Students Hate Phrasal Verbs
Phrasal verbs offer many students a nightmarish construct of the English language. Many students would rather go to the dentist and learn a phrasal verb. Yet phrasal verbs are an integral part of the English language and for good reason.
Why Do Students Hate Phrasal Verbs?
The reason phrasal verbs are so important in English is that they convey far more information than the sum of their parts. For instance, the phrasal verb, split up, tells us much more than the word split and up can on their own or together.
Jane and Michael have split up.
What does this tell us? It tells us a great deal. It tells us that Jane and Michael were in a long-term stable relationship. It tells us that that relationship has ended, though it doesn’t tell is why. It tells us all of this in the 2 words split up.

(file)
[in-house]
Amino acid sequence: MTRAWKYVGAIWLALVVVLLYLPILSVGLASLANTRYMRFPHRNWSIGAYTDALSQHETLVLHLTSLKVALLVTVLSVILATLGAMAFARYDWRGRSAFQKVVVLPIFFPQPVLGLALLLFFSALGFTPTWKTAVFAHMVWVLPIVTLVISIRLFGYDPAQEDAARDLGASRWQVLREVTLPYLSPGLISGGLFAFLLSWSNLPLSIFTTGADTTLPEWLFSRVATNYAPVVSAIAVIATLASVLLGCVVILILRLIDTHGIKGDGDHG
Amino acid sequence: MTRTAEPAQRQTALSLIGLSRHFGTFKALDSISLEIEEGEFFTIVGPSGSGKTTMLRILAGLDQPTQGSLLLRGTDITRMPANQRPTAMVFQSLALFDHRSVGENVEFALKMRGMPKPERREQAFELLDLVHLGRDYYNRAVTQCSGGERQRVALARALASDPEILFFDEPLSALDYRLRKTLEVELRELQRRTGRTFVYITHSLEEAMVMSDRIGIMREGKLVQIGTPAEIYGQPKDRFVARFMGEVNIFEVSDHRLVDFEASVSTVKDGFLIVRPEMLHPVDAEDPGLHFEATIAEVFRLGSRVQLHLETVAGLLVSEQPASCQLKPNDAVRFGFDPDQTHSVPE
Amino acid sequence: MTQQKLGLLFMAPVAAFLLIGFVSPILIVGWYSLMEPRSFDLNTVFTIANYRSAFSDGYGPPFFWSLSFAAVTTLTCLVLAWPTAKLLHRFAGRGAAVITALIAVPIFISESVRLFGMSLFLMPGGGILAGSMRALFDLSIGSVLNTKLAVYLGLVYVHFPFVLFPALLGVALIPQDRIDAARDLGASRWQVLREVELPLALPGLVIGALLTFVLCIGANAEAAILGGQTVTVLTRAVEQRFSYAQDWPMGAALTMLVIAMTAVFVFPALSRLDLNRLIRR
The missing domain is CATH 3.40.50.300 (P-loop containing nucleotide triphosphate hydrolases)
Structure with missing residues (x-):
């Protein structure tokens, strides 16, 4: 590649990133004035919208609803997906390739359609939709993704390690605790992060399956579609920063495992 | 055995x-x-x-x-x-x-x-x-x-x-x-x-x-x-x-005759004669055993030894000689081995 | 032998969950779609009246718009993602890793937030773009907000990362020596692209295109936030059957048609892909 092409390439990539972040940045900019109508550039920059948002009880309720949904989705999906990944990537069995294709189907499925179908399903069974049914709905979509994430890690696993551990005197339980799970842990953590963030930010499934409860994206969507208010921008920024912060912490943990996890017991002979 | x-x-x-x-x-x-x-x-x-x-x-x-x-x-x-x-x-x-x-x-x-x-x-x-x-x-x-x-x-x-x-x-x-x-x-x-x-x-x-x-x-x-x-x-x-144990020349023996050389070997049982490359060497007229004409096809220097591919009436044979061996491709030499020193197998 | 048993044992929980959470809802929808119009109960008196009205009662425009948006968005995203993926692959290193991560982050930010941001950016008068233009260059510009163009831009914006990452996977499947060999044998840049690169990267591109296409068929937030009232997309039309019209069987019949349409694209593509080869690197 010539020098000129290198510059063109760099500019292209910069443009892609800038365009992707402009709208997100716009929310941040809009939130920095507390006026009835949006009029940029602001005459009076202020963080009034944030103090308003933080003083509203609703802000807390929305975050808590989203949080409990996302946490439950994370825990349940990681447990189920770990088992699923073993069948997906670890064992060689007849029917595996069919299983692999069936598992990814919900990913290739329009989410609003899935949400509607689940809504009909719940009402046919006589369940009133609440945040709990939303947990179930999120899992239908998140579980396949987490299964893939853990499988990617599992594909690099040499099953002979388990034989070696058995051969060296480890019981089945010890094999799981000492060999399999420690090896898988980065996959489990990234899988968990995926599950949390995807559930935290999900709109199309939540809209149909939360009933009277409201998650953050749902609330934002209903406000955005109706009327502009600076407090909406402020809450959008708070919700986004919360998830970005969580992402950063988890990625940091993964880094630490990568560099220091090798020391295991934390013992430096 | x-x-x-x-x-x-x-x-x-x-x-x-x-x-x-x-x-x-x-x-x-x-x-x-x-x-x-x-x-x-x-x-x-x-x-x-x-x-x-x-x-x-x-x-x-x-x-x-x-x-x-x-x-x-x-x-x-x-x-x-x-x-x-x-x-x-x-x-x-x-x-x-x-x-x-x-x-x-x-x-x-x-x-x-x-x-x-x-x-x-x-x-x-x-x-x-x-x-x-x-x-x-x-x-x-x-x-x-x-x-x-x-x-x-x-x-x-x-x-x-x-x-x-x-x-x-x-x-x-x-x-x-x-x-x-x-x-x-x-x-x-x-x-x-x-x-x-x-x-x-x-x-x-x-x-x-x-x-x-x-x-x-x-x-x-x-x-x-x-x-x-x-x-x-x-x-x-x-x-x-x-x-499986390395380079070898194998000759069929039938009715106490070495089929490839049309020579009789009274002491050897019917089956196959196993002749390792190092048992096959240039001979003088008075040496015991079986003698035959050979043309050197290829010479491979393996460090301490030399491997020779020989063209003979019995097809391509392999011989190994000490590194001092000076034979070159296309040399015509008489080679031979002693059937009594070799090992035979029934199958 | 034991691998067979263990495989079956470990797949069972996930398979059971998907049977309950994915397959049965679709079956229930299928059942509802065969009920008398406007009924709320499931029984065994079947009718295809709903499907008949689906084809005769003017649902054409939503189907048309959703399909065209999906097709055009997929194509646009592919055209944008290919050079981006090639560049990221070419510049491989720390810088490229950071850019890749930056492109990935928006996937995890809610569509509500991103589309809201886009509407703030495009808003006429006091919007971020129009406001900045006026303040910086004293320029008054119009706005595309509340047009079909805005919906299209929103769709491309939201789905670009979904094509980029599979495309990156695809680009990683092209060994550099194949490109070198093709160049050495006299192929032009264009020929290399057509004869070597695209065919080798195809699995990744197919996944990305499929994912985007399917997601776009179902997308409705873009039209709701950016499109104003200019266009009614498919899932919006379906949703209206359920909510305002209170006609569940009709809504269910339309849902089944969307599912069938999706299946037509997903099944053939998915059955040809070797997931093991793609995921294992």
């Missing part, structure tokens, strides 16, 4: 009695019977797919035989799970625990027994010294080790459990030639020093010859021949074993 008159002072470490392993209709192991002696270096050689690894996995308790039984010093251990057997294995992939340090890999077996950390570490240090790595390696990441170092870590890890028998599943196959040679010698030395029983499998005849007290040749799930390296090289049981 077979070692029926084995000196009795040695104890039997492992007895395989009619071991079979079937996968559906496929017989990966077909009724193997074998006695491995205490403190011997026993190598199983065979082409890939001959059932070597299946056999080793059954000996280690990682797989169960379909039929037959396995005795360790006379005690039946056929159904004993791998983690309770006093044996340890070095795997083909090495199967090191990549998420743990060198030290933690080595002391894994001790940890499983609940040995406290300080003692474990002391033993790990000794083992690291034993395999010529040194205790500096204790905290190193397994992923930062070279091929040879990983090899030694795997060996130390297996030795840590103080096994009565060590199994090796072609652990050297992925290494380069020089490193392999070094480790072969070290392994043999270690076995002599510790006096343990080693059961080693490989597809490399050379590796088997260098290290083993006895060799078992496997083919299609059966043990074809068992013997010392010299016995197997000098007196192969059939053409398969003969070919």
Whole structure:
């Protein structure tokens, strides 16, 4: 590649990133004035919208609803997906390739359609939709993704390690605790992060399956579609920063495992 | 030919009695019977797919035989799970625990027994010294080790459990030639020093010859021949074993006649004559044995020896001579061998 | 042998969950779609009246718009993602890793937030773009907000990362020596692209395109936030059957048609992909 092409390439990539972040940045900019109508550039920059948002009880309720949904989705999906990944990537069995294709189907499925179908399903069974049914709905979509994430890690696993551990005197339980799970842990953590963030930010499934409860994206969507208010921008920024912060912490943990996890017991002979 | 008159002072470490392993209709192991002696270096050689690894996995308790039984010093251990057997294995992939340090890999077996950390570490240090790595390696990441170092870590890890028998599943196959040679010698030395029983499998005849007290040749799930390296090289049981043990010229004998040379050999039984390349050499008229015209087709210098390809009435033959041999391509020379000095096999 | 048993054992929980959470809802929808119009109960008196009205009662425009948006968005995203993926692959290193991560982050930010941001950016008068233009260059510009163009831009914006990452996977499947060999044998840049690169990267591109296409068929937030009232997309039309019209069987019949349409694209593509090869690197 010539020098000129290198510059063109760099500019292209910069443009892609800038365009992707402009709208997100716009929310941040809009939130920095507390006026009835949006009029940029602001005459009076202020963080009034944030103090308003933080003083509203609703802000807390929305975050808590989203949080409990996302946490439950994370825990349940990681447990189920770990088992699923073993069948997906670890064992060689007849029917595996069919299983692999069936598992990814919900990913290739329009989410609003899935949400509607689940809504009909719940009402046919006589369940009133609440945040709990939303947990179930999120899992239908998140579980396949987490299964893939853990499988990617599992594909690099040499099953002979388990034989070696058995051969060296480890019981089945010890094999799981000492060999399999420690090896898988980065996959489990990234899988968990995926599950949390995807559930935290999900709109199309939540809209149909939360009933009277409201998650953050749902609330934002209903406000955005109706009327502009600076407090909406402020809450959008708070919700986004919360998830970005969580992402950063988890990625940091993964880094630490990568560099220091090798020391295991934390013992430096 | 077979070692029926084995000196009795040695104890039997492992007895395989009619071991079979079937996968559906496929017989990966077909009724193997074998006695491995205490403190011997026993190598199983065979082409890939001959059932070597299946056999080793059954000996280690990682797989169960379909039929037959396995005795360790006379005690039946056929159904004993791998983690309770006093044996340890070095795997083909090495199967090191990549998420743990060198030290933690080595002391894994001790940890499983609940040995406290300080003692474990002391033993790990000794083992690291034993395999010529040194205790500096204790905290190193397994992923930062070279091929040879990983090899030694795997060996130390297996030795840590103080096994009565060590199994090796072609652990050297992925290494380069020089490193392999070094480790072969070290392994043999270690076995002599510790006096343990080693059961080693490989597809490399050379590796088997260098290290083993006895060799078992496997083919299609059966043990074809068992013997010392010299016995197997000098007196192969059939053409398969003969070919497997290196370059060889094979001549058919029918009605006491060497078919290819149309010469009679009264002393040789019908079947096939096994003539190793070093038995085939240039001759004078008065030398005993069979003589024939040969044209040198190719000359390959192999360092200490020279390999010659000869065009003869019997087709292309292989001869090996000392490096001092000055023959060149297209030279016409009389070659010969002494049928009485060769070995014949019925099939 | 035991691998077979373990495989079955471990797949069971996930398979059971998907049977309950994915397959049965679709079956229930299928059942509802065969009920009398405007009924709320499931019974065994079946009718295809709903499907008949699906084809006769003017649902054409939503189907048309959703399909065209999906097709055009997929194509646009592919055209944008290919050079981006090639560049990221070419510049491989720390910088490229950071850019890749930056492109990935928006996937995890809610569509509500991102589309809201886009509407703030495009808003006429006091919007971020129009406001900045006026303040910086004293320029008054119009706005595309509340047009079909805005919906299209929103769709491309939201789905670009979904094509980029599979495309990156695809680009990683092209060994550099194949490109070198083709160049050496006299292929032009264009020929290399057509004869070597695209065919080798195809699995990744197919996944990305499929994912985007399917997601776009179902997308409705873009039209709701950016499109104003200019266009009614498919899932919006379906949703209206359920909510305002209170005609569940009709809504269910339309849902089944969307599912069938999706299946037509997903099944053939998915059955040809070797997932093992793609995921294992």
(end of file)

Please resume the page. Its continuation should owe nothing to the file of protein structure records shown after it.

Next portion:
Without the phrasal verb, split up, we would have to write a lengthy sentence: Jane and Michael were renascent long-term relationship but they have decided that they do not wish to continue that relationship so they will not be seeing one another again.
This is why phrasal verbs are so important to English speakers. It’s also part of the reason why students find phrasal verbs so difficult.
At the request of several students, I have decided to create a series of lessons for the Britlish Library explaining the hidden meanings behind common phrasal verbs. I hope that in this way I can make phrasal verbs more accessible to students. You can find out more in the Britlish Library.